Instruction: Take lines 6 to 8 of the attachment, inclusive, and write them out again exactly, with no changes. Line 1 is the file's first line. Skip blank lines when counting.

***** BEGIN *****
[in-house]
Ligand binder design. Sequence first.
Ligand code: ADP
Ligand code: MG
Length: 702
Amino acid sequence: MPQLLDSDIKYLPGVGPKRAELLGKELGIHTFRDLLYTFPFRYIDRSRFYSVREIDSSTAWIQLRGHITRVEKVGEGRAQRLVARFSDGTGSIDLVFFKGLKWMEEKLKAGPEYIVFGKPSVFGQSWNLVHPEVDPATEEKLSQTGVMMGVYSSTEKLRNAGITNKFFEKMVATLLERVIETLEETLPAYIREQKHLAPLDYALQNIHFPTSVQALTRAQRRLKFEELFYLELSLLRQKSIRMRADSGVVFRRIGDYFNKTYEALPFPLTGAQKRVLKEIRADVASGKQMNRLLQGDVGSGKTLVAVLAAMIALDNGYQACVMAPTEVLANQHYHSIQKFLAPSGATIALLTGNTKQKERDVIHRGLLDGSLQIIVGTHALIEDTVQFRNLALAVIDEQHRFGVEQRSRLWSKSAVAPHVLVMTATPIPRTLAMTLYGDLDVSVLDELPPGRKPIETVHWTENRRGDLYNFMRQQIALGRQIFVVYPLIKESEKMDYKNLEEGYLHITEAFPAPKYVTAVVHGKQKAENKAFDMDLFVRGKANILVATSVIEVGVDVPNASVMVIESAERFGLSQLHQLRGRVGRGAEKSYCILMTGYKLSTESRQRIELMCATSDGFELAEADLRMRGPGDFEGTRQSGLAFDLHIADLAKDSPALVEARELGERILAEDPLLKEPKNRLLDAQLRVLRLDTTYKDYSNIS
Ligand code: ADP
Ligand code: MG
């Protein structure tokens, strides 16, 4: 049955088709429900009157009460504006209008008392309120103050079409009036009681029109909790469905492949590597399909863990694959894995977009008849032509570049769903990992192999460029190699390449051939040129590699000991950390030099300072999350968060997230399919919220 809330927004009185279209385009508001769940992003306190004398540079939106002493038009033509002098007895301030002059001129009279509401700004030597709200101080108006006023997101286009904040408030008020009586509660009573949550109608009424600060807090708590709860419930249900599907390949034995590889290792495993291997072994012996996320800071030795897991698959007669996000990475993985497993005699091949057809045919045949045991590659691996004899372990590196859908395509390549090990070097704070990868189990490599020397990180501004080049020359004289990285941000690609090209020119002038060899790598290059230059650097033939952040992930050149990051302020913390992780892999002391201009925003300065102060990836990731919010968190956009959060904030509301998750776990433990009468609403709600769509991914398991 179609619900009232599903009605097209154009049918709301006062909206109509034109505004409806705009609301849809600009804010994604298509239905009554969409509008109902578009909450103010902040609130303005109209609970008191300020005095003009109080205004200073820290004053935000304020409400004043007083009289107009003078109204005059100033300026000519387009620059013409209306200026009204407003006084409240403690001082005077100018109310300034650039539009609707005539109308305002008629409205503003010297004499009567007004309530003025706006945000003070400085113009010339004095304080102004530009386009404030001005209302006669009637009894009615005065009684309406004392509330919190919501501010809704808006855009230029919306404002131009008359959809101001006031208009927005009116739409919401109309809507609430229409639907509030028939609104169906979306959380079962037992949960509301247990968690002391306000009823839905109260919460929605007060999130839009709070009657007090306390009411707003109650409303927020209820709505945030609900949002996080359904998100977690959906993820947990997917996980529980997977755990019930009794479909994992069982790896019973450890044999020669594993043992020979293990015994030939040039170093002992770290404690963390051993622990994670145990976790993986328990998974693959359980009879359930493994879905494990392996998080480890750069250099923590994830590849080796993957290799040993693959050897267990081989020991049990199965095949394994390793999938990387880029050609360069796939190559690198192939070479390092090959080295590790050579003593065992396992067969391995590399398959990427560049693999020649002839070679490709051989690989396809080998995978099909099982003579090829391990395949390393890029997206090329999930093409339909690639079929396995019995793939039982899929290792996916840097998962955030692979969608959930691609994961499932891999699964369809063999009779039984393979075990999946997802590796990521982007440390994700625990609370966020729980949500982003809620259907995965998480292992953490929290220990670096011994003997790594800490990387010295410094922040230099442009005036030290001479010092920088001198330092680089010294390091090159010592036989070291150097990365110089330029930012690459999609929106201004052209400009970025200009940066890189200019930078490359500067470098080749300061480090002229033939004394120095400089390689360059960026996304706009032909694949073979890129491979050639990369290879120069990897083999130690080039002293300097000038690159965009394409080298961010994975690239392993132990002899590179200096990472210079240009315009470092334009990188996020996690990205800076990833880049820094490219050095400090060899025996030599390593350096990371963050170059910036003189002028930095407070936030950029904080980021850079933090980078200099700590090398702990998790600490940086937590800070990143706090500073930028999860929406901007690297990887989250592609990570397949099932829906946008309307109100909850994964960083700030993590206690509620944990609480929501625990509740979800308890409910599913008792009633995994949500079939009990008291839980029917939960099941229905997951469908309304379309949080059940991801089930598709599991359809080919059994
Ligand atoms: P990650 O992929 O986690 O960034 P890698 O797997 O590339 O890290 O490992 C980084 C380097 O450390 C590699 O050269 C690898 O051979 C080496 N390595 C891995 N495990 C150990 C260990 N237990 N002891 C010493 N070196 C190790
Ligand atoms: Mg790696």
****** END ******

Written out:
Amino acid sequence: MPQLLDSDIKYLPGVGPKRAELLGKELGIHTFRDLLYTFPFRYIDRSRFYSVREIDSSTAWIQLRGHITRVEKVGEGRAQRLVARFSDGTGSIDLVFFKGLKWMEEKLKAGPEYIVFGKPSVFGQSWNLVHPEVDPATEEKLSQTGVMMGVYSSTEKLRNAGITNKFFEKMVATLLERVIETLEETLPAYIREQKHLAPLDYALQNIHFPTSVQALTRAQRRLKFEELFYLELSLLRQKSIRMRADSGVVFRRIGDYFNKTYEALPFPLTGAQKRVLKEIRADVASGKQMNRLLQGDVGSGKTLVAVLAAMIALDNGYQACVMAPTEVLANQHYHSIQKFLAPSGATIALLTGNTKQKERDVIHRGLLDGSLQIIVGTHALIEDTVQFRNLALAVIDEQHRFGVEQRSRLWSKSAVAPHVLVMTATPIPRTLAMTLYGDLDVSVLDELPPGRKPIETVHWTENRRGDLYNFMRQQIALGRQIFVVYPLIKESEKMDYKNLEEGYLHITEAFPAPKYVTAVVHGKQKAENKAFDMDLFVRGKANILVATSVIEVGVDVPNASVMVIESAERFGLSQLHQLRGRVGRGAEKSYCILMTGYKLSTESRQRIELMCATSDGFELAEADLRMRGPGDFEGTRQSGLAFDLHIADLAKDSPALVEARELGERILAEDPLLKEPKNRLLDAQLRVLRLDTTYKDYSNIS
Ligand code: ADP
Ligand code: MG